Understanding the different assault charges in Canada
What Is Assault Generally?
An assault is the most generic category of violent crimes in Canada. Four types of criminal acts can be considered “assault” in under the federal criminal law:
- The direct or indirect application of force to another person without that person’s consent (e.g.: a punch or a stabbing);
- Attempting to apply force to another person and causing the other person to believe he/she was being attacked (e.g.: throwing a punch but missing);
- Threatening to apply force to another person and causing the other person to believe that he/she was about to be attacked (e.g.: threatening to punch someone); or
- Accosting or impeding another person while openly carrying a weapon (e.g.: a mugging).
Technically, an assault can be anything from a threat to a very serious injury. Rather than think of assault as its own type of crime, it is easier to think of other categories of crimes as types of assault. For example, a murder is an assault where someone died, a rape is a sexual type of assault, and uttering threats are an assault without physical violence.
Understanding the Legal Distinctions Between Different Assault Categories
The Canadian criminal law separates assault crimes into several different categories. The most prominent examples of this separation are the separation of normal assault crimes, sexual assault crimes, and threats.
There are several different kinds of assault crimes that we would consider to be normal types of assault. Confusingly, each of these types of assault carries different criminal penalties. For example, assault with a weapon, assault causing bodily harm, and assault of a peace officer are all separate crimes carrying different meanings. Domestic violence assaults similarly are distinguished from normal forms of assault.
Beyond normal forms of assault crimes, sexual assault crimes are subdivided into several different categories including aggravated sexual assault, sexual assault with a weapon, and sexual assault of a child victim.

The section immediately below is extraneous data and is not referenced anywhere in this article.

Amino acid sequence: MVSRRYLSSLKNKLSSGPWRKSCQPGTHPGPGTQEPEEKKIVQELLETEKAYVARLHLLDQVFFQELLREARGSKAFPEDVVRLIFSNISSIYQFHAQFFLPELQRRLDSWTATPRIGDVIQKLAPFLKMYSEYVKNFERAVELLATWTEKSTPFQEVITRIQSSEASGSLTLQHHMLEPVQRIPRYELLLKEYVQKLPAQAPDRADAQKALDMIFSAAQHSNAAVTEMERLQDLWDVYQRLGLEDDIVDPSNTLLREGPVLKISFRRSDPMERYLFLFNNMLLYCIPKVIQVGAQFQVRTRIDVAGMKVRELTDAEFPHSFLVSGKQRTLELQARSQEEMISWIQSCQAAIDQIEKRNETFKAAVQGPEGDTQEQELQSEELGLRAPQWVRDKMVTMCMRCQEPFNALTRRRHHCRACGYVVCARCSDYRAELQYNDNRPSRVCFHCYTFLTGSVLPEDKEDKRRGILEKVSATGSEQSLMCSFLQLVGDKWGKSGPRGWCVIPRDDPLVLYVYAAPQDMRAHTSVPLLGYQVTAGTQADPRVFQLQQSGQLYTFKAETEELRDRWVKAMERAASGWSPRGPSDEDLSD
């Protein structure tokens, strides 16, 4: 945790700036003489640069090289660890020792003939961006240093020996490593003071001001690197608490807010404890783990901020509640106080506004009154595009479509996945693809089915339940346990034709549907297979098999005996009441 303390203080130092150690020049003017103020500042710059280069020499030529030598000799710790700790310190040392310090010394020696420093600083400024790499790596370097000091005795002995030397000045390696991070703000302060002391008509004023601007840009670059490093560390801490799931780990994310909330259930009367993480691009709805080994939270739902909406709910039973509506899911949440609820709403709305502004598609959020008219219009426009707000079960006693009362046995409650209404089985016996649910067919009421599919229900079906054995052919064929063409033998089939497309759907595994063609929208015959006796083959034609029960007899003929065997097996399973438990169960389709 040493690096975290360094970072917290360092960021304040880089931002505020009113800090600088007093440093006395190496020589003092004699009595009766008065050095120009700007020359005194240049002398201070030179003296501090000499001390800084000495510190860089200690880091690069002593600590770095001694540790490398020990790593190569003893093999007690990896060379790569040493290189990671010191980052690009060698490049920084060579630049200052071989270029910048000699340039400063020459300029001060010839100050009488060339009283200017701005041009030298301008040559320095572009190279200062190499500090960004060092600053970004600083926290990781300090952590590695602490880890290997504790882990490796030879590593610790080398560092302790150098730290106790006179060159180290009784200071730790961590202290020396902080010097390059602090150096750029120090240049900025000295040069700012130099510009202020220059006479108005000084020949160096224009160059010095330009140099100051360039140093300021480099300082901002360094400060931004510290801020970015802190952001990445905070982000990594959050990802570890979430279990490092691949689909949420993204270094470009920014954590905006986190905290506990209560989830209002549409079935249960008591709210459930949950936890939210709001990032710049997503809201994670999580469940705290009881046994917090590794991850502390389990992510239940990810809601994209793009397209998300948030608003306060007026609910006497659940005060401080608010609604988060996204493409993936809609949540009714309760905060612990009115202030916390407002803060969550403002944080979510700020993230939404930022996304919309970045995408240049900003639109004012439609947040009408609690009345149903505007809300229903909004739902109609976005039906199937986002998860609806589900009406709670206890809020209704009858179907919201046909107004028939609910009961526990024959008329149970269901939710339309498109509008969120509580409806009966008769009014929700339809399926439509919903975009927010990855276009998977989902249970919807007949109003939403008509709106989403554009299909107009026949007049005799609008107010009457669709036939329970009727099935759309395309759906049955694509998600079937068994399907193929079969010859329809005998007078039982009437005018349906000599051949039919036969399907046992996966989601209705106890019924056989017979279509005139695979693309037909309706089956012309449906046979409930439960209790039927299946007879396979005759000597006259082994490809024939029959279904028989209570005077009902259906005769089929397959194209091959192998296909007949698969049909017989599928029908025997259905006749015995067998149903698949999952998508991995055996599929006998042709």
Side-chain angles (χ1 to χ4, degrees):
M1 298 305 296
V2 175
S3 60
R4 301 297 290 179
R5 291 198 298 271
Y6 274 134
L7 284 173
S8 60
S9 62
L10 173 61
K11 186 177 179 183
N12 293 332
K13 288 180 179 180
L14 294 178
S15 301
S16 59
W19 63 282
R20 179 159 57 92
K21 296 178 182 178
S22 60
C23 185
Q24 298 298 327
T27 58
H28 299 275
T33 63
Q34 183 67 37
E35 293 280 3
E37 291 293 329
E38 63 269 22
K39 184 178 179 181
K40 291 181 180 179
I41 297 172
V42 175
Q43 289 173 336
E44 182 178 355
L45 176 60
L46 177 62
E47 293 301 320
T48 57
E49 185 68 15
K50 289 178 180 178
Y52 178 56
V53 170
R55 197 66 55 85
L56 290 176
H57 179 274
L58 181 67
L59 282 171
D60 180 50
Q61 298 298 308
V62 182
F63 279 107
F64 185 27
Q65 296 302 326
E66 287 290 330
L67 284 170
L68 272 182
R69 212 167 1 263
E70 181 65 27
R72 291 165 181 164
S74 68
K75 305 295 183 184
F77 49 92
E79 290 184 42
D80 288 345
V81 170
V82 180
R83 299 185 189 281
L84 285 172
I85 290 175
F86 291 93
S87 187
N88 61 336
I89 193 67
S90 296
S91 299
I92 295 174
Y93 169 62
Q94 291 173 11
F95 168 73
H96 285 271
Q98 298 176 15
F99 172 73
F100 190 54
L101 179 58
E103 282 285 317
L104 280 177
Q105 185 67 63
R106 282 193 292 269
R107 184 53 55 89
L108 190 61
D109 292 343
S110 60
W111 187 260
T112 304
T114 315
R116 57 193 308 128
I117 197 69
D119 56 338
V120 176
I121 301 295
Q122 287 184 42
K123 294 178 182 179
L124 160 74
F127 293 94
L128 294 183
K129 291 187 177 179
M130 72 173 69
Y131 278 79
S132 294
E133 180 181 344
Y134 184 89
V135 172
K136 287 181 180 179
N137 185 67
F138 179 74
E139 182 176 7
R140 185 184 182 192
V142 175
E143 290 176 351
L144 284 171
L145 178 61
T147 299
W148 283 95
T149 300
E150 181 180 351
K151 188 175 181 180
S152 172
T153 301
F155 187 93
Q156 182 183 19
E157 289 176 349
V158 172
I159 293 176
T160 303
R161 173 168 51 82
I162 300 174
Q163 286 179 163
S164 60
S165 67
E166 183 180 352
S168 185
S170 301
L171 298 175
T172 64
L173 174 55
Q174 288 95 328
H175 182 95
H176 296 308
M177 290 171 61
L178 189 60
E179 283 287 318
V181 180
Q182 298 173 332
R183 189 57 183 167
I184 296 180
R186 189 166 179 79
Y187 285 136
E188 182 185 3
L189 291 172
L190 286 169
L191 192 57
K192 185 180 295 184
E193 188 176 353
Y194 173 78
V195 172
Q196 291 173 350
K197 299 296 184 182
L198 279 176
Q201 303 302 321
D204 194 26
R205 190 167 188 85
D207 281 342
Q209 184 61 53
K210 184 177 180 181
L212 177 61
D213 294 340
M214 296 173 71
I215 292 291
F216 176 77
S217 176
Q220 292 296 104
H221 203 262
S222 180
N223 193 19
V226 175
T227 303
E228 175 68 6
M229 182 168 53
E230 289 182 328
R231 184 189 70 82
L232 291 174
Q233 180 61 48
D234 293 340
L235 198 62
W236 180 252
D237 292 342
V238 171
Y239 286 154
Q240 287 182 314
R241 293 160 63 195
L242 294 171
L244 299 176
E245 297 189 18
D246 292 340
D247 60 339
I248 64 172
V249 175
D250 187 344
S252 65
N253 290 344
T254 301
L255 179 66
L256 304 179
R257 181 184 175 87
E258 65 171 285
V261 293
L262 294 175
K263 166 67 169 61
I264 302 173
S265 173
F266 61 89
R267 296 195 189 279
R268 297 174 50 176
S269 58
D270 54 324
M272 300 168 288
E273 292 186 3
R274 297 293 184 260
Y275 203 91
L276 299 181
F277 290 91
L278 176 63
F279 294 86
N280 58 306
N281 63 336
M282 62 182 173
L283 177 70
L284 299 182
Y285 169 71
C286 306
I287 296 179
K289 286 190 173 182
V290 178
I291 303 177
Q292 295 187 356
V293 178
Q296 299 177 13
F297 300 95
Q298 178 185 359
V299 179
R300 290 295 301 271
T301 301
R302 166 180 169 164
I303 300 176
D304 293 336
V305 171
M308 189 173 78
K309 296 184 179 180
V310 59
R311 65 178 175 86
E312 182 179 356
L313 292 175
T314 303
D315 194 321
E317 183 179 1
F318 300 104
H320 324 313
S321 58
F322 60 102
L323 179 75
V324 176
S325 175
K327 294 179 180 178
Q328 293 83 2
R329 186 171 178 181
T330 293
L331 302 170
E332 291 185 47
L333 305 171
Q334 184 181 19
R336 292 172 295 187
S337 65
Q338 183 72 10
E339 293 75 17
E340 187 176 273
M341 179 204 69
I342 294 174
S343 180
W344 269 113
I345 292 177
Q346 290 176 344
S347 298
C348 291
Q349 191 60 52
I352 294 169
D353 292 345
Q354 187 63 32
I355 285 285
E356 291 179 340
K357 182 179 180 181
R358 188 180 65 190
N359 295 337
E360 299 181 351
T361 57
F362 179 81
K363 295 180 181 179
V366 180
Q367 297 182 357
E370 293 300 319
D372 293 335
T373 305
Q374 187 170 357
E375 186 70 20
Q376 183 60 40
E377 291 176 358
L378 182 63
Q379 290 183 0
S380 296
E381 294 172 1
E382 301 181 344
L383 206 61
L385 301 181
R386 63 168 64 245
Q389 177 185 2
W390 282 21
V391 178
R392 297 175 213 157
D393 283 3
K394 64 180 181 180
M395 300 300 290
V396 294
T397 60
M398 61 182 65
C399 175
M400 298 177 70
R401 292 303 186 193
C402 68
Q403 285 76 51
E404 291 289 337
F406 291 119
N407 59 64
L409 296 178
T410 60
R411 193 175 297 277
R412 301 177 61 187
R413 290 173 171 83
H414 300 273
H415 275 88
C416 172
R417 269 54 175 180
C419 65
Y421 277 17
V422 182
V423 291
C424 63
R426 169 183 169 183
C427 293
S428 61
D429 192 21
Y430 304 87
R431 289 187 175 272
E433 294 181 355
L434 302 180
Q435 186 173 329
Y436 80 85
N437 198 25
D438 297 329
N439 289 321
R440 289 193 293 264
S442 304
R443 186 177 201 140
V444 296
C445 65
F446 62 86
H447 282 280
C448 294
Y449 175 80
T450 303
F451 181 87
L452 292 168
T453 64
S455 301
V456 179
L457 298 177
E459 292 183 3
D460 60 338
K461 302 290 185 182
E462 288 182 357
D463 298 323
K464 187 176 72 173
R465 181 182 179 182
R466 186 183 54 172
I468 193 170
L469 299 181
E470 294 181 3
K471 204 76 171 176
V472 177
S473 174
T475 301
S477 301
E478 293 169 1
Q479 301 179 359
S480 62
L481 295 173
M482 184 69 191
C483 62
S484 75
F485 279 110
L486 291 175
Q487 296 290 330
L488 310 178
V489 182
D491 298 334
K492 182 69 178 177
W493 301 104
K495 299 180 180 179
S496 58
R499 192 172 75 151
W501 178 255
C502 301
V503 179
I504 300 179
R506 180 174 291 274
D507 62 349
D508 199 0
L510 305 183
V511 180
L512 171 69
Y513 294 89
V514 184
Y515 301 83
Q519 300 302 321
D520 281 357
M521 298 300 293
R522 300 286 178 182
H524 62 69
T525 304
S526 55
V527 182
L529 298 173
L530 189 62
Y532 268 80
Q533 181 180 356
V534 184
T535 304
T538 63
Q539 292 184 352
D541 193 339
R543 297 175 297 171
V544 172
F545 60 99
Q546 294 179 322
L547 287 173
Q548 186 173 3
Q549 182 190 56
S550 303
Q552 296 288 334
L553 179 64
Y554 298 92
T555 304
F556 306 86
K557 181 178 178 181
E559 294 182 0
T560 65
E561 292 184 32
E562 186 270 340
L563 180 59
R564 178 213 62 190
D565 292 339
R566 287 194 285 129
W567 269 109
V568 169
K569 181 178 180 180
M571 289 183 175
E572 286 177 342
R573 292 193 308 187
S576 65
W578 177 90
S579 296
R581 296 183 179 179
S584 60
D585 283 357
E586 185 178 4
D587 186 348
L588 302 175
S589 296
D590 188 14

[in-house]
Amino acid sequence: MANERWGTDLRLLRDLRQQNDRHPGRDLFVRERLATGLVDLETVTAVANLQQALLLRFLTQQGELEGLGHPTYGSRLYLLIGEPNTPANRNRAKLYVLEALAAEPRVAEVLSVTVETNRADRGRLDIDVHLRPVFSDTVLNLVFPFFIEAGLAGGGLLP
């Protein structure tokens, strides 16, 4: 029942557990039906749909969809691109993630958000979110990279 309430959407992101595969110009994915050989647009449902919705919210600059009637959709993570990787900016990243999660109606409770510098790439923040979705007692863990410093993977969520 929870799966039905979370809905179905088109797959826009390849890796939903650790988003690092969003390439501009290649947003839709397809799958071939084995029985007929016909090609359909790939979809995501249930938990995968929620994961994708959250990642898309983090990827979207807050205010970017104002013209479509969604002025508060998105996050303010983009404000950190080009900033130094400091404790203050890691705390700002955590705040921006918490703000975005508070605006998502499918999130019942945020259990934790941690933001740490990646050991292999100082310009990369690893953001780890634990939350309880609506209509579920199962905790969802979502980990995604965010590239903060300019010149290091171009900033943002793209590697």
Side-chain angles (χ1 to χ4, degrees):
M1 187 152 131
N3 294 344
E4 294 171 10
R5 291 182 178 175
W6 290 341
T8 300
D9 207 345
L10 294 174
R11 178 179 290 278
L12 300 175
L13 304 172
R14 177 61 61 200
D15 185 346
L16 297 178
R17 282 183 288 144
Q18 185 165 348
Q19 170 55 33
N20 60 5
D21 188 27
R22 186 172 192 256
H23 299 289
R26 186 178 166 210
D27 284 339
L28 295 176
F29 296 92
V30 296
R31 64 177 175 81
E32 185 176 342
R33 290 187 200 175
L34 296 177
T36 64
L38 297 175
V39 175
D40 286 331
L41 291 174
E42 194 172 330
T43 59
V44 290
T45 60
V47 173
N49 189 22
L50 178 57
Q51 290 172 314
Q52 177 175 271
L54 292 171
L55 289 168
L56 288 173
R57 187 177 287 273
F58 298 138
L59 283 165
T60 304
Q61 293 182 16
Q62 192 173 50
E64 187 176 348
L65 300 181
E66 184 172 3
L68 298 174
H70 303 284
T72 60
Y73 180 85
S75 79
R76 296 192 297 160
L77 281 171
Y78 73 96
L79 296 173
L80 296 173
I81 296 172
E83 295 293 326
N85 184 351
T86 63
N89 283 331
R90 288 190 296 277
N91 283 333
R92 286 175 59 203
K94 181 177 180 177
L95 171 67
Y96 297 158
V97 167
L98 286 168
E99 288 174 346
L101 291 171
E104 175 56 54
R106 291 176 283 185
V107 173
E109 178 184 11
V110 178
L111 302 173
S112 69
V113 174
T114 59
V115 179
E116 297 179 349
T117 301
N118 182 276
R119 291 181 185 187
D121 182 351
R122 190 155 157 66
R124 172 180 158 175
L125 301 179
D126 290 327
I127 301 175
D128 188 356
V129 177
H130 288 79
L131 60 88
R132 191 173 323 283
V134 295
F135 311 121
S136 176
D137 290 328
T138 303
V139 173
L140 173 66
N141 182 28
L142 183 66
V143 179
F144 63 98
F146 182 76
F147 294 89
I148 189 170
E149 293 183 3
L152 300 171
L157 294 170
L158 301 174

Finally, other types of assault can be charged where no one was actually injured or harmed in any way. The most common examples of these types of incidents would include a non-violent mugging or an attempted assault. In certain cases, the crimes of uttering threats and causing criminal mischief will also be charged, both those crimes are generally only charged in more serious cases.
Criminal Sentencing for Assault Crimes
Like all other crimes, assault crimes will result in a criminal sentence if the accused is found guilty by the court or a jury. In many cases, simple assaults and charges for making threats will be brought as summary conviction offenses. In those cases, the maximum sentence for a charge will be six months or less, but the court may also impose a fine.
In more serious assault cases where someone was injured, assault charges are considered an indictable offense. A conviction for a simple assault charge can carry a maximum sentence of five years. Other more serious assault charges such as assault causing bodily injury and sexual assault can result in much harsher sentences. For example, an aggravated sexual assault can result in up to twenty-five years or life in prison.
How to Defend Against an Assault Charge
There are many different possible legal defenses to an assault charge that could either reduce the severity of the charge (and thus the criminal sentence) or excuse the charge entirely. The most common of these legal defenses is the argument of “self-defense.” For example, if two people engage in a fist fight in a bar, either of them could likely argue that they were defending themselves from the other brawler. When meeting with your criminal defense attorney, you should be sure to discuss any defenses or excuses that you may have to determine if any of them might constitute a valid legal defense to the crime.
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